from nowhere he came back

from nowhere he came back and kicked our asses
he hissed and made us jump did uncle Curtis
that crime-ridden, long and lanky drink of piss
and eisel pounced upon our street and moved
across from us—imperative as illness
he festered in our neighborhood, he shoved

our dull, safe lives toward bleeding lights and horrors
old wrongs and harms were tumped from drawers
for show and tell—our women and their soft men
even the boys like me, eager and too ready
for real evil, who dream delicious sins
knew him for the boogeyman, the real one, for he

preyed from his porch swing like a spider
sculpted from a claw, grinning wider
than any decent man would ever smile
his arms ran ruptive with scabs and tracks and puckers
and puss-filled sores—he’d scratch and cackle while
he laughed at us—he called us backwards, suckers

and idiots—good christ, my head was filled
with tales—how on the night Blondie was killed
with Blondie shot to strings by state police
how Curtis, with him, still escaped beneath the waves
of Ponchartrain—didn’t even lose his crease
he was so smooth back in those days—

Grandmother had him in for coffee and read
him from the bible—he’d nod his head
ever the prodigal, back for the meat—
a bit of song, a prayer, a kiss, and then
he’d skitter back across the empty street
to wash salvation’s stench away with gin

some cracker stabbed him at a joint in Sun
and all the next day long he lit it run
to show it off—he’d let it stop, coagulate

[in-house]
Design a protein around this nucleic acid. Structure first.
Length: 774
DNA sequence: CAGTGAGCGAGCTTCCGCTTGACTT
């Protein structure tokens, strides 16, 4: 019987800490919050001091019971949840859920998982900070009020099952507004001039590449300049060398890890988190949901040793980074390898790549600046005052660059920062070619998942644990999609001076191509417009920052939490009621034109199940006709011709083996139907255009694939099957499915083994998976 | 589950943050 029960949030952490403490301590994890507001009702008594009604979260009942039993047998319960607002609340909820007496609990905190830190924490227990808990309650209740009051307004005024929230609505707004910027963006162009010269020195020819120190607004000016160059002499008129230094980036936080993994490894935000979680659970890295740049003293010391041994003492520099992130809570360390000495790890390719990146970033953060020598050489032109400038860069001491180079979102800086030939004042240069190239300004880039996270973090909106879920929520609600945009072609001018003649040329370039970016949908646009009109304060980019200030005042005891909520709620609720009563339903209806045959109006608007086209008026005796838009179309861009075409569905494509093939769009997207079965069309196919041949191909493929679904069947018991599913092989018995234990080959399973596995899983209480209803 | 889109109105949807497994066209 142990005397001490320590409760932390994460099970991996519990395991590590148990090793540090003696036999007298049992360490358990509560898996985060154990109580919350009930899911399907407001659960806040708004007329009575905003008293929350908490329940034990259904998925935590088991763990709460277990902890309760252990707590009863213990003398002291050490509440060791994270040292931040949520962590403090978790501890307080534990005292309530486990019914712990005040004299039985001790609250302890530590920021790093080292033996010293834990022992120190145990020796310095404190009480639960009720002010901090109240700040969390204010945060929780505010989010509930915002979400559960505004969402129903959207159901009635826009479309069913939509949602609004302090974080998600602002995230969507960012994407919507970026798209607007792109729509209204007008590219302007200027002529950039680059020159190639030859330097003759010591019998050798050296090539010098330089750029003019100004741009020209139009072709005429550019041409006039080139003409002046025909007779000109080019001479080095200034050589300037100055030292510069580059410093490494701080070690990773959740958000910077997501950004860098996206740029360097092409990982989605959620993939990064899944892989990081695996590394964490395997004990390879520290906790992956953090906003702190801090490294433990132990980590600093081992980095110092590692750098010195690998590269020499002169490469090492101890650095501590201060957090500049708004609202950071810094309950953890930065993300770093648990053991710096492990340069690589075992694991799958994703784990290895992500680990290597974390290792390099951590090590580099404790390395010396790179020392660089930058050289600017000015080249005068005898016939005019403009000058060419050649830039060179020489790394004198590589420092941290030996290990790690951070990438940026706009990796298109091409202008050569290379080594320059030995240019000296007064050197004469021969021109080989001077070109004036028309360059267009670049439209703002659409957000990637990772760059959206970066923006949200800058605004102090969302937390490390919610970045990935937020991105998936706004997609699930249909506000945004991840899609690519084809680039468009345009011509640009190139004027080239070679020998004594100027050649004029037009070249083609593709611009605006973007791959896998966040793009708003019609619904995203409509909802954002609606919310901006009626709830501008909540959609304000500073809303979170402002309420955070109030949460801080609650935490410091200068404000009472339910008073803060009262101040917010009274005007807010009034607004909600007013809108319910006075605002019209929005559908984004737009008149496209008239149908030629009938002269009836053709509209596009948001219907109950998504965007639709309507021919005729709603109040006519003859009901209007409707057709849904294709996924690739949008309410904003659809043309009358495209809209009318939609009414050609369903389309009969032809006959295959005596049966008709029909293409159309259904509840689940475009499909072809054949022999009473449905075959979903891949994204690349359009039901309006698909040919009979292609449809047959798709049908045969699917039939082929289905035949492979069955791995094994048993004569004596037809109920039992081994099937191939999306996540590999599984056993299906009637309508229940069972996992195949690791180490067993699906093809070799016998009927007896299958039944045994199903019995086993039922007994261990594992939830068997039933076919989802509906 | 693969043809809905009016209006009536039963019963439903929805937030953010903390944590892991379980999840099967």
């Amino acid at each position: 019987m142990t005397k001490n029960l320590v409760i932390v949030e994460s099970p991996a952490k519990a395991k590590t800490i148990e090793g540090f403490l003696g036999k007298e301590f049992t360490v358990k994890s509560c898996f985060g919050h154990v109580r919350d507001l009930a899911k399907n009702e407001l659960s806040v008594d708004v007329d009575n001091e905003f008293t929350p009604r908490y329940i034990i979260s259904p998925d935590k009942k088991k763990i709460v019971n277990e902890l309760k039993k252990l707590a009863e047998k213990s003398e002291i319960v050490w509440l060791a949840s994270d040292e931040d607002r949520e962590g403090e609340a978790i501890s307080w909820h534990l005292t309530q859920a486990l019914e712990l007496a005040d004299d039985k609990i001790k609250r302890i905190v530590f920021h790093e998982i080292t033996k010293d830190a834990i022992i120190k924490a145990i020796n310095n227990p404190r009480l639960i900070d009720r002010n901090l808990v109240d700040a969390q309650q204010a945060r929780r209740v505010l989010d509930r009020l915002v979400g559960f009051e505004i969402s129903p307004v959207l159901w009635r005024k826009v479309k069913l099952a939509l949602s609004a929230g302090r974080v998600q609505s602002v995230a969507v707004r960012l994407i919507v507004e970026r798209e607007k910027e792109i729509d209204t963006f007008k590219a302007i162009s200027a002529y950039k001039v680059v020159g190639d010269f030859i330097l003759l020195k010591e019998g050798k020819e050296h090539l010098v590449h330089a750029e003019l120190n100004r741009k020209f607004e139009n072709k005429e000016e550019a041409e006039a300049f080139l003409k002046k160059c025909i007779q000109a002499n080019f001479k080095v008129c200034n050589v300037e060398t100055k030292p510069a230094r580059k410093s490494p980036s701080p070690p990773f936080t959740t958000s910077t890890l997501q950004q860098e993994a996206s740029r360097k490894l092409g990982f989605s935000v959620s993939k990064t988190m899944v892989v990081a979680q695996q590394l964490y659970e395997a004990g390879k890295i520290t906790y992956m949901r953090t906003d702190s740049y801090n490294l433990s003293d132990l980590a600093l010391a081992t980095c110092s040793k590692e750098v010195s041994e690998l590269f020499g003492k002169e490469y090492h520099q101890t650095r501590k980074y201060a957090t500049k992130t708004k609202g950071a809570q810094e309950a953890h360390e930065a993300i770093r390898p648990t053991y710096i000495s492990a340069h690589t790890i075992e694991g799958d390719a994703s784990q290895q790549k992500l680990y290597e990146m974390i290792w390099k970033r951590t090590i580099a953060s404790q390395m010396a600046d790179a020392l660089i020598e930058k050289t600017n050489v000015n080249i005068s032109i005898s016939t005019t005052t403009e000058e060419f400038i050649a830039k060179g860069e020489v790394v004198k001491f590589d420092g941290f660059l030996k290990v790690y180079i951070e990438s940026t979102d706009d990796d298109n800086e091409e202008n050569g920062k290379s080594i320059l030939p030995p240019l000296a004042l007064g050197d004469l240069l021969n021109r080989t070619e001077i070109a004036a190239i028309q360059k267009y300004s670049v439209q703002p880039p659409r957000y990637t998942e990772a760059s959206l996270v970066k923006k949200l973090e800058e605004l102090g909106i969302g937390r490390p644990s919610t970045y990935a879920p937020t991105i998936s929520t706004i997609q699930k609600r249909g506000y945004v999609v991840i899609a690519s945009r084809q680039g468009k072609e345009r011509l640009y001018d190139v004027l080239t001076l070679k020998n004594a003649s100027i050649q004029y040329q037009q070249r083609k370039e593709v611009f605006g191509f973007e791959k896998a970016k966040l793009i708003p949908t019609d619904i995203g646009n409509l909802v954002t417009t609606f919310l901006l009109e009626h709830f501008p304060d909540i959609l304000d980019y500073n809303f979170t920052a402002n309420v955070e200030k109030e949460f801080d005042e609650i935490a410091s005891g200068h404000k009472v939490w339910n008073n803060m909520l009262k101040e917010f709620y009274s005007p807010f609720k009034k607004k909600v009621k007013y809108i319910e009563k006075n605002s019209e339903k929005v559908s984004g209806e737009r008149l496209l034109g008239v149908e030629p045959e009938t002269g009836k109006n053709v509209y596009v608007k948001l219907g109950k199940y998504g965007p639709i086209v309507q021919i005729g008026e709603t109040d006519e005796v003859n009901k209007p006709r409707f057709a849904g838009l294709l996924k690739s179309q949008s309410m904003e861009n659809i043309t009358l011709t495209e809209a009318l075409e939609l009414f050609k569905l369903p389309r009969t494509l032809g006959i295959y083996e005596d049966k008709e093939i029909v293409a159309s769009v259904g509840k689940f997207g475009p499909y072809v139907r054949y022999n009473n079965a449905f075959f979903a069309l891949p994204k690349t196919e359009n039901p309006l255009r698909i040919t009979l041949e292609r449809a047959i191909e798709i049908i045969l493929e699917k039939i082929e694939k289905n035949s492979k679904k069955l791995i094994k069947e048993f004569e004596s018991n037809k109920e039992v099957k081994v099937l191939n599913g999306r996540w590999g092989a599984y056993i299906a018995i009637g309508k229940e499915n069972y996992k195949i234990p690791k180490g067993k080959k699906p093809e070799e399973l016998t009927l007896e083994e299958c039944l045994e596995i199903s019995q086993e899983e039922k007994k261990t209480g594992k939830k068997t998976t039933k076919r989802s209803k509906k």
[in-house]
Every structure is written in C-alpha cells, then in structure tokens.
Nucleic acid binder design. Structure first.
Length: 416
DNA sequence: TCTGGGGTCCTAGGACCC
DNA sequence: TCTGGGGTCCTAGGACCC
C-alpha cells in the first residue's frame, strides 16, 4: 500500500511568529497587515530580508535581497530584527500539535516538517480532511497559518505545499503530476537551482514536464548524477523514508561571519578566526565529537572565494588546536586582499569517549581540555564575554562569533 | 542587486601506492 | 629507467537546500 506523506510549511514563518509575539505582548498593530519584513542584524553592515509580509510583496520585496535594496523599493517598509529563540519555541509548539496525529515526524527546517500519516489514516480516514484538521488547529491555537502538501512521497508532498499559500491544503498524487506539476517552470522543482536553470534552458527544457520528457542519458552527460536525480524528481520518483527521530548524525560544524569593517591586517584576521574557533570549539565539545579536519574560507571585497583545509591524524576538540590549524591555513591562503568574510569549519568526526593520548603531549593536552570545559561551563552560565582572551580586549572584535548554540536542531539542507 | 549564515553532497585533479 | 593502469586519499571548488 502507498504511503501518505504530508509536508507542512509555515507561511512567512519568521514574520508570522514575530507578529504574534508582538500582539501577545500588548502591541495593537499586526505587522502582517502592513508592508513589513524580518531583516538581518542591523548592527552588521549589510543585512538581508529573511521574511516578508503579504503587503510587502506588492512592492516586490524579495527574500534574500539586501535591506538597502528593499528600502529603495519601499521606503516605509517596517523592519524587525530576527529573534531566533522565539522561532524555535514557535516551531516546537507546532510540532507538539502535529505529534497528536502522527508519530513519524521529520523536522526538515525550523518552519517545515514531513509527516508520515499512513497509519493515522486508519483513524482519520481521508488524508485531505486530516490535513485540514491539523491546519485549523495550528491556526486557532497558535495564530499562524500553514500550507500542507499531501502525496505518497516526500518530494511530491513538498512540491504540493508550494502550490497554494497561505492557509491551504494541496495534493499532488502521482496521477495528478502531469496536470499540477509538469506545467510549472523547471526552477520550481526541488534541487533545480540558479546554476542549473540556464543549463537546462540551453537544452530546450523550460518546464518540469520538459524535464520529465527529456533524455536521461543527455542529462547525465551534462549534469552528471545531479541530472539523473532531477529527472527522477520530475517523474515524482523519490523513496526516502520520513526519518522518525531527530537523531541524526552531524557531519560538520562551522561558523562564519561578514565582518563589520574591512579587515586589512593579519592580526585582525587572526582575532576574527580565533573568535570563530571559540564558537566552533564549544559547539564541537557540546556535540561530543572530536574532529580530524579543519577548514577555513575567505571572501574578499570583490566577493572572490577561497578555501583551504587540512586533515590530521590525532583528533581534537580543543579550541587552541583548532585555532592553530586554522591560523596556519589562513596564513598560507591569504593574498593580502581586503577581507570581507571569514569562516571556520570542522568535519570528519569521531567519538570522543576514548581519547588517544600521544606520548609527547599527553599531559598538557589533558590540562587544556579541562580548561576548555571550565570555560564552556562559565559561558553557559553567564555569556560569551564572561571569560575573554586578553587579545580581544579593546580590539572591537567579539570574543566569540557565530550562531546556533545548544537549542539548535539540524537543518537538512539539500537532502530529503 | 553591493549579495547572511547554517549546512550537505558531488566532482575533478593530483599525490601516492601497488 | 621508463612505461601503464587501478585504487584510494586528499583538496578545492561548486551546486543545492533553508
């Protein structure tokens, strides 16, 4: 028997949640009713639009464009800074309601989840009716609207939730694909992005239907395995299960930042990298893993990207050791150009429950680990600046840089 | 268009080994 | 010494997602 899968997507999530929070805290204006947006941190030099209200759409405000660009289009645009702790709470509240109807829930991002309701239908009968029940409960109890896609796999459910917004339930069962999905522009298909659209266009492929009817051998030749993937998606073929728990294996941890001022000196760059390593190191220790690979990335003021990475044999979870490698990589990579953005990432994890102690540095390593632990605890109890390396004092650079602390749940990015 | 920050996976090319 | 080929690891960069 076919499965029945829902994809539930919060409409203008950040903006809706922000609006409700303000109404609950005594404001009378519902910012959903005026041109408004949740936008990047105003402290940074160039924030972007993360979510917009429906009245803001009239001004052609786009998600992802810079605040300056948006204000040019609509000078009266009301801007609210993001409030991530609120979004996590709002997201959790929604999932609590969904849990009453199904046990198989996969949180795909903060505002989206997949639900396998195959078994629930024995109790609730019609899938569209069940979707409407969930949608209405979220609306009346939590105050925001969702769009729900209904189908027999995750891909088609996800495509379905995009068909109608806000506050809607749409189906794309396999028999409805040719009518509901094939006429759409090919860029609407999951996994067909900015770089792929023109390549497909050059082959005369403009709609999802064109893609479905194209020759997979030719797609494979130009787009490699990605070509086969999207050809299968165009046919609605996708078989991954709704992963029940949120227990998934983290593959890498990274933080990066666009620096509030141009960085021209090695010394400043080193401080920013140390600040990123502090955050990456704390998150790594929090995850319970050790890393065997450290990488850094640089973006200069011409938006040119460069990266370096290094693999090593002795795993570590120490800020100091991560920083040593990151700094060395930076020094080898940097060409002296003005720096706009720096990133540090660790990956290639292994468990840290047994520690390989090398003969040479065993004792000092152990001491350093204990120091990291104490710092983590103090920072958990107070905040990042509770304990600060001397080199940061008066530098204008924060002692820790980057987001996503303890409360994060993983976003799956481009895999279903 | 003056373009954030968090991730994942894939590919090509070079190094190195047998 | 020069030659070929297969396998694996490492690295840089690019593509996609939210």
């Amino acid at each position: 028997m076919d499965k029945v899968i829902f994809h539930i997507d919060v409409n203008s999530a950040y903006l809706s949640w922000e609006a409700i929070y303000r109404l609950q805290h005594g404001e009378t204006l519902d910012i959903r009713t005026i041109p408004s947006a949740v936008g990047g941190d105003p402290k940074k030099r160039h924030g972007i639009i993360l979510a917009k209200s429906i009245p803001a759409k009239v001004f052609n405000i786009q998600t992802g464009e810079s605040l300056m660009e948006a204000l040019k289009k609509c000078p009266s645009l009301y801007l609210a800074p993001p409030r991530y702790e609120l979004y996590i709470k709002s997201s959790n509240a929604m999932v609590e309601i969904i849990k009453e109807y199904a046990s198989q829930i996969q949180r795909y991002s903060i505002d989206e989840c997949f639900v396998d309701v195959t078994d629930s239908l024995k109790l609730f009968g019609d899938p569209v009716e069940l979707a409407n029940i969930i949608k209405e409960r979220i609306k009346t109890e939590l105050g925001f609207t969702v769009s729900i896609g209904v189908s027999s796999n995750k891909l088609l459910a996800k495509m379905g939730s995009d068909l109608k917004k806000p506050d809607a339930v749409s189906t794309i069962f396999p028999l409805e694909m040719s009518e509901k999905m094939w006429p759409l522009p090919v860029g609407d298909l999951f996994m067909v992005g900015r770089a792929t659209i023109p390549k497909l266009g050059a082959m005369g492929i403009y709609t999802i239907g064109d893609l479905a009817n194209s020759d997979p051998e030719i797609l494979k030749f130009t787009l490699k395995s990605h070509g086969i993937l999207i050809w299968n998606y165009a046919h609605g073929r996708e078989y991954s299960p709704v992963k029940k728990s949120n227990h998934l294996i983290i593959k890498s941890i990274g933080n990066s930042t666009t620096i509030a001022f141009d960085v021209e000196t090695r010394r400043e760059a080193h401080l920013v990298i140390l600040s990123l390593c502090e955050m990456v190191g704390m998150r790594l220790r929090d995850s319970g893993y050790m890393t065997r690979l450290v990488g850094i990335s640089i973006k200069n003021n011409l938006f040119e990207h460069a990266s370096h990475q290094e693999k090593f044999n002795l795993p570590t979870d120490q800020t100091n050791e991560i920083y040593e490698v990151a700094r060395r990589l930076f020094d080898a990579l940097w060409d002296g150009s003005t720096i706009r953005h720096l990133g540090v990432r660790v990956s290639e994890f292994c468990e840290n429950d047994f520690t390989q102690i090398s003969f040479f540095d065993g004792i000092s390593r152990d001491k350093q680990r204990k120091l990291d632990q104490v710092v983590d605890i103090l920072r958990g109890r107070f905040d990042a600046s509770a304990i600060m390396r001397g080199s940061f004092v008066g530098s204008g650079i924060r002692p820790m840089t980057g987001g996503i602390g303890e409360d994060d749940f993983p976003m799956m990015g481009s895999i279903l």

then gently spread the wound to make it bleed—
he danced and shed his blood for us and like Pilate
we resisted the tow of his terrible need

it must have healed all right for he survived
to stay—another week or two he lived
across the street—I never spoke to him
or tried or got too near lest I should catch
whatever awful sickness fevered him
but one day when he’d gone I slipped the latch

and sneaked across the empty street to find
what nastiness he might have left behind—
the crumbling house was filthy, cold, and bare
I prowled about for something dark and hidden
a book was all I found, so in his chair
I read the secret love poems he had written.

—Don Whittington

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this blogger I’ve been reading writes about broads

This blogger I’ve been reading writes about broads
and I think of the weak sauce in my diet
the thin beer in my glass
Moms Mabley
Lucille Ball
Peggy Lee
Lena Horne
Etta James
the divine Sarah
Ella
adults, real adults
not cougars
humans
Carol Burnett
Eartha Kitt
if you want to know which can hurt you worse
you ask a real cougar sometime
humans are tops in pain
humans are amazing at pleasure
Josephine Baker